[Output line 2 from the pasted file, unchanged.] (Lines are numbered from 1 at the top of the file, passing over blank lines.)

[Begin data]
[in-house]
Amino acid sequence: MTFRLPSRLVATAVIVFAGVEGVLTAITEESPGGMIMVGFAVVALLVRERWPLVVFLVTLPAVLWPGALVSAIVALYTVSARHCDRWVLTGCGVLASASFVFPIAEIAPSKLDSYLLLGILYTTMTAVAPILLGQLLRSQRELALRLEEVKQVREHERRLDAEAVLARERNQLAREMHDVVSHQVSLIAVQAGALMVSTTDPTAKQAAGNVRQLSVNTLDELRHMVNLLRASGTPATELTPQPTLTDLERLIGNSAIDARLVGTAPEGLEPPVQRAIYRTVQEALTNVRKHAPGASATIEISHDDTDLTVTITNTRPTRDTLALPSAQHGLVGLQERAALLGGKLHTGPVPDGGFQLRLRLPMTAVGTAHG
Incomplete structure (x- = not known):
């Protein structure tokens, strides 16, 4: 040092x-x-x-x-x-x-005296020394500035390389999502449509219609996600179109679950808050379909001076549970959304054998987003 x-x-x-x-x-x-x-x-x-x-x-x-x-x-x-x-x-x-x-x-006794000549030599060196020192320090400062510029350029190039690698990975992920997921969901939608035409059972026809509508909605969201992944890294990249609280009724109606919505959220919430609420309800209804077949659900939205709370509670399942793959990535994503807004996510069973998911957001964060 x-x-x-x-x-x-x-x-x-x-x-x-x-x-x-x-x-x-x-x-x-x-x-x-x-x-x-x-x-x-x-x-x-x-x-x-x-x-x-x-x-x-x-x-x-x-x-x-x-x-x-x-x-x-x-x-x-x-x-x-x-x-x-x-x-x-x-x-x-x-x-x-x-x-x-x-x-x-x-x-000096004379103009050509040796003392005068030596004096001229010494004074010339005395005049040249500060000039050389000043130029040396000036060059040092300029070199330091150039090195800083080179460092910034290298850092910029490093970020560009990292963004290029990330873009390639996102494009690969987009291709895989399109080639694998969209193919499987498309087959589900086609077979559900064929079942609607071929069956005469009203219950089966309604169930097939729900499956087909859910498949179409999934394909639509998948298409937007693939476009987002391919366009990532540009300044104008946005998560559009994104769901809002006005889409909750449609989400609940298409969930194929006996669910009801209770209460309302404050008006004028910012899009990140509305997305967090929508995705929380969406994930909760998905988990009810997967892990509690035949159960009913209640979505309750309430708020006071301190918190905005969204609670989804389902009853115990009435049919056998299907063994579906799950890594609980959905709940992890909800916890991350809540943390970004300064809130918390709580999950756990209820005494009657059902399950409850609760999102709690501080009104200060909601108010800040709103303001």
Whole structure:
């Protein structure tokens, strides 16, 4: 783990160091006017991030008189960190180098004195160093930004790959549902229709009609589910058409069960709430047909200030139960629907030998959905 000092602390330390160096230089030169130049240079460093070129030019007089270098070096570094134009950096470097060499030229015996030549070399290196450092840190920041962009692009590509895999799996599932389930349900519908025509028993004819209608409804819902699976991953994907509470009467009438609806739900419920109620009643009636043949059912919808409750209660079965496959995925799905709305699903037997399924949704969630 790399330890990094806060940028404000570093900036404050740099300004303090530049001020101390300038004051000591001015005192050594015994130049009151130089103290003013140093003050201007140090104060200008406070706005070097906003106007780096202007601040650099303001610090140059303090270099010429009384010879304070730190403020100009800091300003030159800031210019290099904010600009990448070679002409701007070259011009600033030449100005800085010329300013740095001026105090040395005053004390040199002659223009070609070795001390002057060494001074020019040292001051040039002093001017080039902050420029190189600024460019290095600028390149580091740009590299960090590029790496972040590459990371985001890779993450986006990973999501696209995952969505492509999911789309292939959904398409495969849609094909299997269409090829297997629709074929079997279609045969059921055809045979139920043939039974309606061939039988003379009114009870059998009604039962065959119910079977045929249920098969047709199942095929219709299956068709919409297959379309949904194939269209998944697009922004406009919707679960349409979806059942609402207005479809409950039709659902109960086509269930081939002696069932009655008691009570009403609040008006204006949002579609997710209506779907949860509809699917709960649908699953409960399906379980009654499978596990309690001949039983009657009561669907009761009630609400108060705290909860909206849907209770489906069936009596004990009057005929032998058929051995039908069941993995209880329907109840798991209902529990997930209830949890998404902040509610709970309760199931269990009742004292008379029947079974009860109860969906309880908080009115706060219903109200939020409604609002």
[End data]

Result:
Amino acid sequence: MTFRLPSRLVATAVIVFAGVEGVLTAITEESPGGMIMVGFAVVALLVRERWPLVVFLVTLPAVLWPGALVSAIVALYTVSARHCDRWVLTGCGVLASASFVFPIAEIAPSKLDSYLLLGILYTTMTAVAPILLGQLLRSQRELALRLEEVKQVREHERRLDAEAVLARERNQLAREMHDVVSHQVSLIAVQAGALMVSTTDPTAKQAAGNVRQLSVNTLDELRHMVNLLRASGTPATELTPQPTLTDLERLIGNSAIDARLVGTAPEGLEPPVQRAIYRTVQEALTNVRKHAPGASATIEISHDDTDLTVTITNTRPTRDTLALPSAQHGLVGLQERAALLGGKLHTGPVPDGGFQLRLRLPMTAVGTAHG